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Not_Gonna_Quit

Case Law Regarding Appearance via Video or Teleconference

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Hello,

 

I am trying to get a motion together that will allow me to appear via teleconference for an arbitration hearing scheduled Feb 28th. It's regarding a lawsuit by PRA for credit card debt. 

I was told by the head arbitrator that I would need to provide case law in order to appear via telephone or video conference. I have cited PA Civil Code and Due Process.

But honestly I have no idea what I'm doing and I don't know if I'm on the right track or not. 

Any Additional help would be greatly appreciated!

 

Defendant has the right to be heard in any hearings and this is a fundamental right under due process

“a person may not constitutionally be deprived of "life, liberty or property" by governmental action without notice and a meaningful opportunity to be heard” Mullane v. Cent. Hanover Bank & Trust Co., 339 U.S. 306, 313 (1950), Armstrong v. Manzo, 380 U.S. 545, 550 (1965), Fuentes v. Shevin, 407 U.S. 67, 80 (1972) (noting that the "central meaning of procedural due process" is the "right to notice and an opportunity to be heard ... at a meaningful time and in a meaningful manner"). See generally Martin H. Redish & Lawrence C. Marshall, Adjudicatory Independence and the Values of Procedural Due Process, 95 YALE L.J. 455, 475 (1986) ("The Supreme Court has often stated that the core rights of due process are notice and hearing.").

Joint Anti-Fascist Refugee Comm. v. McGrath, 341 U.S. 123, 171-72 (1951) (Frankfurter, J., concurring) ("No better instrument has been devised for arriving at truth than to give a person in jeopardy of serious loss notice of the case against him and opportunity to meet it."). United States v. James Daniel Good Real Prop., 510 U.S. 43, 55 (1993) (quoting McGrath, 341 U.S. at 171-72 (Frankfurter, J., concurring)); Connecticut v. Doehr, 501 U.S. 1, 12-14 (1991) (same); Fuentes, 407 U.S. at 81 (same).

Escoe v. Zerbst “‘the end and aim of an appearance before the court’ under the statute was to ‘enable an accused [parolee] to explain away the accusation,’ and this required ‘bringing the [parolee] into the presence of his judge.’”

Thus, the required elements of due process are those that "minimize substantively unfair or mistaken deprivations" by enabling persons to contest the basis upon which a State proposes to deprive them of protected interests. Fuentes v. Shevin, 407 U.S. 67, 81 (1972).

 

…but by general provisions of law applicable to all those in like condition, he is not deprived of property without due process of law, even if he can be regarded as deprived of his property by an adverse result. Marchant v. Pennsylvania R.R., 153 U.S. 380, 386 (1894).

The core of these requirements is notice and a hearing before an impartial tribunal. Due process may also require an opportunity for confrontation and cross-examination, and for discovery; that a decision be made based on the record, and that a party be allowed to be represented by counsel.

"In almost every setting where important decisions turn on questions of fact, due process requires an opportunity to confront and cross-examine adverse witnesses."  Goldberg v. Kelly, 397 U.S. 254, 269 (1970)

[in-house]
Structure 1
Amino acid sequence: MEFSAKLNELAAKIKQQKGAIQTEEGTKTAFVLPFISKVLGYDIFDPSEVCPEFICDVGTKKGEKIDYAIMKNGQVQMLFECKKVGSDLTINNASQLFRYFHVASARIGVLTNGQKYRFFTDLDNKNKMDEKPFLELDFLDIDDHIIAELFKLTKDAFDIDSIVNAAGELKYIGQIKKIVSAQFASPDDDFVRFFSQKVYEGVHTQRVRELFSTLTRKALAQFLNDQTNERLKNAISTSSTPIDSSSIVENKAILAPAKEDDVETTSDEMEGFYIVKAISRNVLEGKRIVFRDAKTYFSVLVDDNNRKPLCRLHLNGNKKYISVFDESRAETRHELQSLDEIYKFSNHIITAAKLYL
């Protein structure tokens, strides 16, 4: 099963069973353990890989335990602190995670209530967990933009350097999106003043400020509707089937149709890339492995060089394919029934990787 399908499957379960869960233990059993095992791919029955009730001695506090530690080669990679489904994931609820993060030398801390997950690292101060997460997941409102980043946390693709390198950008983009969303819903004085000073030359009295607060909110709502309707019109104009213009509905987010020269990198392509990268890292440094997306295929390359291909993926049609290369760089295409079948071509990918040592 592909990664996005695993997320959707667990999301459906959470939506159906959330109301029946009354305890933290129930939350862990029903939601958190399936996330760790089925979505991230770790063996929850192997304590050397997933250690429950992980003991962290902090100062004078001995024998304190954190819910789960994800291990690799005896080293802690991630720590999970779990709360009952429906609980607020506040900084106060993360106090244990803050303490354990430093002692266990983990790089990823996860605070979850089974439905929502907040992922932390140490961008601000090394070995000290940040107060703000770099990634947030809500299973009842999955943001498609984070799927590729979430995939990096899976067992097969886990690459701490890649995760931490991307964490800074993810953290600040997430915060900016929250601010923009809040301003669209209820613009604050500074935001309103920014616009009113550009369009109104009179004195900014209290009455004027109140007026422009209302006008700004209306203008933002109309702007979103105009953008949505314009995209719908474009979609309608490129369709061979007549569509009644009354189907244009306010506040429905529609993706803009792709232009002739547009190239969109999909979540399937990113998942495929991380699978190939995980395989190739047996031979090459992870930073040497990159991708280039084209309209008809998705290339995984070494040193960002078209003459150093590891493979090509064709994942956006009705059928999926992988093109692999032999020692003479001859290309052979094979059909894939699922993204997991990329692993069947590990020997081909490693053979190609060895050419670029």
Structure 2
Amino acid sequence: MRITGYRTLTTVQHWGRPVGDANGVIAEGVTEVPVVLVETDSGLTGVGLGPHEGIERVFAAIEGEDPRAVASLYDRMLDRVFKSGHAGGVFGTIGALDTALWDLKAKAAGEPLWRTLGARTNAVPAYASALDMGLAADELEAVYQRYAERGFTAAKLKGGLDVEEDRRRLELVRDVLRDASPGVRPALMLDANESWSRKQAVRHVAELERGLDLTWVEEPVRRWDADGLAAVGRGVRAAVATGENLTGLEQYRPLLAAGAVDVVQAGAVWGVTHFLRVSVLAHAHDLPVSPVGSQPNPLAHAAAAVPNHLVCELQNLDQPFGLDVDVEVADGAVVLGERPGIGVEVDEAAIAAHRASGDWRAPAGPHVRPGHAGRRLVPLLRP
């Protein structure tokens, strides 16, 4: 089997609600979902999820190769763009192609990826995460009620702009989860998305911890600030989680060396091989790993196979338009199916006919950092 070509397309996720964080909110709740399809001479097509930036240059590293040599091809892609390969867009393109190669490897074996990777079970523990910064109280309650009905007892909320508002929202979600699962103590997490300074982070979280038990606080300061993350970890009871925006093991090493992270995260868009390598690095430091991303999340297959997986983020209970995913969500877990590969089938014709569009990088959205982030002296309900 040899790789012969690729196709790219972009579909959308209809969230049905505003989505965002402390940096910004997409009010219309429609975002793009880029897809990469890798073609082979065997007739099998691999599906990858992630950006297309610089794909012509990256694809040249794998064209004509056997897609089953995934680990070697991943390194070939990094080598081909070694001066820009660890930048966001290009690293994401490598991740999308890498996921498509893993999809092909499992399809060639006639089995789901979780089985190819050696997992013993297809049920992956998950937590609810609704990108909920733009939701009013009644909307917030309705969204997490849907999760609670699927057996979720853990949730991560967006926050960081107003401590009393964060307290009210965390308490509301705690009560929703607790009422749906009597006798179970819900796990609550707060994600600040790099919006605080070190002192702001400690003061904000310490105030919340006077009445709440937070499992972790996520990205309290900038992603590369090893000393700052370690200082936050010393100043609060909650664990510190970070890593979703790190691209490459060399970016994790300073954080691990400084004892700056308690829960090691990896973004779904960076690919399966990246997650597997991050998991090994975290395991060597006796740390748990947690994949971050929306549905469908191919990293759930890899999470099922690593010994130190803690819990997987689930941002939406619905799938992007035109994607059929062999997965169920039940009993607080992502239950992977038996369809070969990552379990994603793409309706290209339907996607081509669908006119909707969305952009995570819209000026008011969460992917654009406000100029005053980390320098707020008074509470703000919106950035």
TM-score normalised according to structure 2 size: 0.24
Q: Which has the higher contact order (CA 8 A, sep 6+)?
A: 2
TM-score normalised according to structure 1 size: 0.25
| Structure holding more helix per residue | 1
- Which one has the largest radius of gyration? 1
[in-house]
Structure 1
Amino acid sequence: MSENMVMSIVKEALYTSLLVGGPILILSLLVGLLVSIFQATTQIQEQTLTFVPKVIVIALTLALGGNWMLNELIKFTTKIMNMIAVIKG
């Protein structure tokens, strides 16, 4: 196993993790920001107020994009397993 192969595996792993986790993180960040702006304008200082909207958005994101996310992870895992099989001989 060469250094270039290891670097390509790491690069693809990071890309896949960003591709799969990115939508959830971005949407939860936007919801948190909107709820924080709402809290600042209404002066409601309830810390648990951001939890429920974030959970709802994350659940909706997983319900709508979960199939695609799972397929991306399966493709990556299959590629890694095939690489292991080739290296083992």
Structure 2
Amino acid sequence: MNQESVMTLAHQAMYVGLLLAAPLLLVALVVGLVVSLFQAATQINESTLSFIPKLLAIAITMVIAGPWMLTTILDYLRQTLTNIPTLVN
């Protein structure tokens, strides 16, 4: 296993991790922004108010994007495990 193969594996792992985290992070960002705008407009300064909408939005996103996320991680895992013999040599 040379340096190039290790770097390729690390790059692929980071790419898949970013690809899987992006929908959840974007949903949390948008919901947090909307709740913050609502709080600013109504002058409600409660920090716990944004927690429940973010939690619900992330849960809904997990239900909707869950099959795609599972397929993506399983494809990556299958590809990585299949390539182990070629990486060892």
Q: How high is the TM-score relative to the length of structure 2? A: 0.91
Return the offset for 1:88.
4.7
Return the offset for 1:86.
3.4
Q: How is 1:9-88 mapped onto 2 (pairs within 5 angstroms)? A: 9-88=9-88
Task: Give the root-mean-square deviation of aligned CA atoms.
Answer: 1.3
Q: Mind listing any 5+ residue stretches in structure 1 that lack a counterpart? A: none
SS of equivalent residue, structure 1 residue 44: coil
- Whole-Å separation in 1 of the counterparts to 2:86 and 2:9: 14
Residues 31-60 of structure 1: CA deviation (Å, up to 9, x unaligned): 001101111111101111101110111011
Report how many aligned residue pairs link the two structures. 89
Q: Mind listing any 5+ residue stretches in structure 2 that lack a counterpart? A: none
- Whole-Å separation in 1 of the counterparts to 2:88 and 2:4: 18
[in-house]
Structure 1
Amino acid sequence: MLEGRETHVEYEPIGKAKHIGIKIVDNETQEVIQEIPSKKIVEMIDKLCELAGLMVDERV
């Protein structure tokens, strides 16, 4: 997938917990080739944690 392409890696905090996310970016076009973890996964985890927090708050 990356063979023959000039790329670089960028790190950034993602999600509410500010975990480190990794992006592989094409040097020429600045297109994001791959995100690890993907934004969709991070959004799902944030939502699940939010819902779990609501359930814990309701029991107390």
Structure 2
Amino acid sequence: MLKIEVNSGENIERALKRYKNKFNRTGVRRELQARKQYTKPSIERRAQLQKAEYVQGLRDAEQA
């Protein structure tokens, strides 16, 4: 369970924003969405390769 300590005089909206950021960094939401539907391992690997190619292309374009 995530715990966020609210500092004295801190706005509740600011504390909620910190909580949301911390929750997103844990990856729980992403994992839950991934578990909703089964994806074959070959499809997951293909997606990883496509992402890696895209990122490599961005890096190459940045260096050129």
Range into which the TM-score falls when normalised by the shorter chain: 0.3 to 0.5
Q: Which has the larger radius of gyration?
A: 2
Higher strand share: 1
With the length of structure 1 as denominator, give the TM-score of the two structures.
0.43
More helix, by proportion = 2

Although the subject of an administrative hearing has the right to give oral testimony, actual physical presence is not required. See Goldberg v. Kelly, 397 U.S. 254, 268-69 (1970); Kansas City v. McCoy, 525 S.W.2d 336 (Mo. 1975).

Furthermore The demeanor of witnesses in telephonic hearings, despite the inability to observe the appearance of the witness, can still be judged by other factors, such as the inherent plausibility of the testimony, the tenor of the witness's voice, inconsistencies and contradictions in testimony and specificity of testimony. Babcock v. Unemployment Division, 696 P.2d 19, 21 (1985).

 

Thus, the notice of hearing and the opportunity to be heard "must be granted at a meaningful time and in a meaningful manner." Armstrong v. Manzo, 380 U.S. 545, 552 (1965)

 

 Pennsylvania Code § 101.127-101.133 - Regarding Teleconferences

101.128 Section A and B

a)  The tribunal may schedule, on its own motion, testimony by telephone of a party or witness when it appears from the record that the party or witness is located at least 50 miles from the location at which the tribunal will conduct the hearing, without regard to State boundaries.

(b)  The tribunal may schedule testimony by telephone of a party or witness, at the request of one or more parties, when one of the following applies:

                                    (1)  The parties consent to the receipt of testimony by telephone.

(2)  The party or witness is reasonably unable to testify in person due to a compelling employment, transportation, or health reason, or other compelling problem.

 

 

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If you are in Asia, then maybe the plaintiff should not have sued you in the United States.  Could this be  a  FDCPA violation?  

Maybe a better strategy than arbitration would have been to file a motion to dismiss, as an American court does not have personal jurisdiction over you.

 

 

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22 hours ago, Not_Gonna_Quit said:

I live and work in Asia. 

How were you served with the summons and complaint?

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